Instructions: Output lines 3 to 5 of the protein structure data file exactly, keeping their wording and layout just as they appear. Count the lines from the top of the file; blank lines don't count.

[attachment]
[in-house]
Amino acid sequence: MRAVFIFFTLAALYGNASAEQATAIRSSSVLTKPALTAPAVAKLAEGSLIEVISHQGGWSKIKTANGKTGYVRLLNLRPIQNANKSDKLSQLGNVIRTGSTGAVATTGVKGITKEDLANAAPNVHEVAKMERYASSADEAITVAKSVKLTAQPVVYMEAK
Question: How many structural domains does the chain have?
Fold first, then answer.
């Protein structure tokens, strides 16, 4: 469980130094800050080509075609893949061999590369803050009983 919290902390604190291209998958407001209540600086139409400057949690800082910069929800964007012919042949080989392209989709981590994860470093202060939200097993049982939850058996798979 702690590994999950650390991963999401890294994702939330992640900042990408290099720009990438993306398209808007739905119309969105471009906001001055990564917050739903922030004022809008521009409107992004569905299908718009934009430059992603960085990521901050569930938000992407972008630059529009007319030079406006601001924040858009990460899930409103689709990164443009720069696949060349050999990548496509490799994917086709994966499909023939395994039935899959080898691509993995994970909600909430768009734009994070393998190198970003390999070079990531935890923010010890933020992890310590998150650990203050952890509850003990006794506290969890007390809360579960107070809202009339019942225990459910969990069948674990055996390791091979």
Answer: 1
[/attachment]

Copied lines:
Question: How many structural domains does the chain have?
Fold first, then answer.
């Protein structure tokens, strides 16, 4: 469980130094800050080509075609893949061999590369803050009983 919290902390604190291209998958407001209540600086139409400057949690800082910069929800964007012919042949080989392209989709981590994860470093202060939200097993049982939850058996798979 702690590994999950650390991963999401890294994702939330992640900042990408290099720009990438993306398209808007739905119309969105471009906001001055990564917050739903922030004022809008521009409107992004569905299908718009934009430059992603960085990521901050569930938000992407972008630059529009007319030079406006601001924040858009990460899930409103689709990164443009720069696949060349050999990548496509490799994917086709994966499909023939395994039935899959080898691509993995994970909600909430768009734009994070393998190198970003390999070079990531935890923010010890933020992890310590998150650990203050952890509850003990006794506290969890007390809360579960107070809202009339019942225990459910969990069948674990055996390791091979």